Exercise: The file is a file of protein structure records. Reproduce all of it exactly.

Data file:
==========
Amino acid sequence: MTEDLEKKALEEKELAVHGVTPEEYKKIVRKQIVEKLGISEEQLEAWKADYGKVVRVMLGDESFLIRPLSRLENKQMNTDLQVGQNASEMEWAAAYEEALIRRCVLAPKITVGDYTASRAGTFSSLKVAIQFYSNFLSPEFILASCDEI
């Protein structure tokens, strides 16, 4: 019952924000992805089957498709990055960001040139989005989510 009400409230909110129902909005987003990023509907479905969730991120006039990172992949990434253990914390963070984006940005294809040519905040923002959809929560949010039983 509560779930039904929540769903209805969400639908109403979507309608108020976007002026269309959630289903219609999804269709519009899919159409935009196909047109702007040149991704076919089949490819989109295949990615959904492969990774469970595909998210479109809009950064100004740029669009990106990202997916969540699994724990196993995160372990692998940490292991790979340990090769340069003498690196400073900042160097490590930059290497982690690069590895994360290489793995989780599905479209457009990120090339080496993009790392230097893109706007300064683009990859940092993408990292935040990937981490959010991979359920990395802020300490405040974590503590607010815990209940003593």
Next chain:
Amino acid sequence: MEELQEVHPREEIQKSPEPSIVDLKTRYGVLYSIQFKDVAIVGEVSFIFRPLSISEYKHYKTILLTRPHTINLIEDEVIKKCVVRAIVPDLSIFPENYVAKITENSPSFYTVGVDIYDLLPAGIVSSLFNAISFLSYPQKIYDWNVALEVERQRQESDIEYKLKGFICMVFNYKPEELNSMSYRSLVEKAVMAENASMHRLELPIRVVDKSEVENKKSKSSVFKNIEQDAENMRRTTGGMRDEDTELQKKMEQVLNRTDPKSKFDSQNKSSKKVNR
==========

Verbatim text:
Amino acid sequence: MTEDLEKKALEEKELAVHGVTPEEYKKIVRKQIVEKLGISEEQLEAWKADYGKVVRVMLGDESFLIRPLSRLENKQMNTDLQVGQNASEMEWAAAYEEALIRRCVLAPKITVGDYTASRAGTFSSLKVAIQFYSNFLSPEFILASCDEI
């Protein structure tokens, strides 16, 4: 019952924000992805089957498709990055960001040139989005989510 009400409230909110129902909005987003990023509907479905969730991120006039990172992949990434253990914390963070984006940005294809040519905040923002959809929560949010039983 509560779930039904929540769903209805969400639908109403979507309608108020976007002026269309959630289903219609999804269709519009899919159409935009196909047109702007040149991704076919089949490819989109295949990615959904492969990774469970595909998210479109809009950064100004740029669009990106990202997916969540699994724990196993995160372990692998940490292991790979340990090769340069003498690196400073900042160097490590930059290497982690690069590895994360290489793995989780599905479209457009990120090339080496993009790392230097893109706007300064683009990859940092993408990292935040990937981490959010991979359920990395802020300490405040974590503590607010815990209940003593």
Next chain:
Amino acid sequence: MEELQEVHPREEIQKSPEPSIVDLKTRYGVLYSIQFKDVAIVGEVSFIFRPLSISEYKHYKTILLTRPHTINLIEDEVIKKCVVRAIVPDLSIFPENYVAKITENSPSFYTVGVDIYDLLPAGIVSSLFNAISFLSYPQKIYDWNVALEVERQRQESDIEYKLKGFICMVFNYKPEELNSMSYRSLVEKAVMAENASMHRLELPIRVVDKSEVENKKSKSSVFKNIEQDAENMRRTTGGMRDEDTELQKKMEQVLNRTDPKSKFDSQNKSSKKVNR